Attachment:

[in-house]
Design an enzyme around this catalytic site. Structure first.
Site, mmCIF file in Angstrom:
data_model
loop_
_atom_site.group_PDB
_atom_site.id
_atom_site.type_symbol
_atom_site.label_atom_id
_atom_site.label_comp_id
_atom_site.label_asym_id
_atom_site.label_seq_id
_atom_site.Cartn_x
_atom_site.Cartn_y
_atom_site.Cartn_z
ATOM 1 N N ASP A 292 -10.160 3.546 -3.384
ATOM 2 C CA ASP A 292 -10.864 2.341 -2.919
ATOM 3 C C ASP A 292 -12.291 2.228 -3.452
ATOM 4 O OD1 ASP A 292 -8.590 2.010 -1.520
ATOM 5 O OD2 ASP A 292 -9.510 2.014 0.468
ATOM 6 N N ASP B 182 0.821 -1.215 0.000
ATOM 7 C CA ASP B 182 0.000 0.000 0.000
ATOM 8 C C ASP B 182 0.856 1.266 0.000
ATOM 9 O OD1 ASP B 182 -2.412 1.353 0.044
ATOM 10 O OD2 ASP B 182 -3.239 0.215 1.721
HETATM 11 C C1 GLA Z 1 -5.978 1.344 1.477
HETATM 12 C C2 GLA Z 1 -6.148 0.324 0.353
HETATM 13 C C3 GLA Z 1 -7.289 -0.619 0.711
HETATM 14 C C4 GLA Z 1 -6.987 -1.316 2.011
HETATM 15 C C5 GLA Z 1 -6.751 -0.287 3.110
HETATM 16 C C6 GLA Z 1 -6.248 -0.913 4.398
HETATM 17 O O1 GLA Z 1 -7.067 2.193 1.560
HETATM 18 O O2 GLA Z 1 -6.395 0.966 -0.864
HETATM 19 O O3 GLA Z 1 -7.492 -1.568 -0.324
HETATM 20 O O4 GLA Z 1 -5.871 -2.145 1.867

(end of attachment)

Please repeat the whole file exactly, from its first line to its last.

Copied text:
[in-house]
Design an enzyme around this catalytic site. Structure first.
Site, mmCIF file in Angstrom:
data_model
loop_
_atom_site.group_PDB
_atom_site.id
_atom_site.type_symbol
_atom_site.label_atom_id
_atom_site.label_comp_id
_atom_site.label_asym_id
_atom_site.label_seq_id
_atom_site.Cartn_x
_atom_site.Cartn_y
_atom_site.Cartn_z
ATOM 1 N N ASP A 292 -10.160 3.546 -3.384
ATOM 2 C CA ASP A 292 -10.864 2.341 -2.919
ATOM 3 C C ASP A 292 -12.291 2.228 -3.452
ATOM 4 O OD1 ASP A 292 -8.590 2.010 -1.520
ATOM 5 O OD2 ASP A 292 -9.510 2.014 0.468
ATOM 6 N N ASP B 182 0.821 -1.215 0.000
ATOM 7 C CA ASP B 182 0.000 0.000 0.000
ATOM 8 C C ASP B 182 0.856 1.266 0.000
ATOM 9 O OD1 ASP B 182 -2.412 1.353 0.044
ATOM 10 O OD2 ASP B 182 -3.239 0.215 1.721
HETATM 11 C C1 GLA Z 1 -5.978 1.344 1.477
HETATM 12 C C2 GLA Z 1 -6.148 0.324 0.353
HETATM 13 C C3 GLA Z 1 -7.289 -0.619 0.711
HETATM 14 C C4 GLA Z 1 -6.987 -1.316 2.011
HETATM 15 C C5 GLA Z 1 -6.751 -0.287 3.110
HETATM 16 C C6 GLA Z 1 -6.248 -0.913 4.398
HETATM 17 O O1 GLA Z 1 -7.067 2.193 1.560
HETATM 18 O O2 GLA Z 1 -6.395 0.966 -0.864
HETATM 19 O O3 GLA Z 1 -7.492 -1.568 -0.324
HETATM 20 O O4 GLA Z 1 -5.871 -2.145 1.867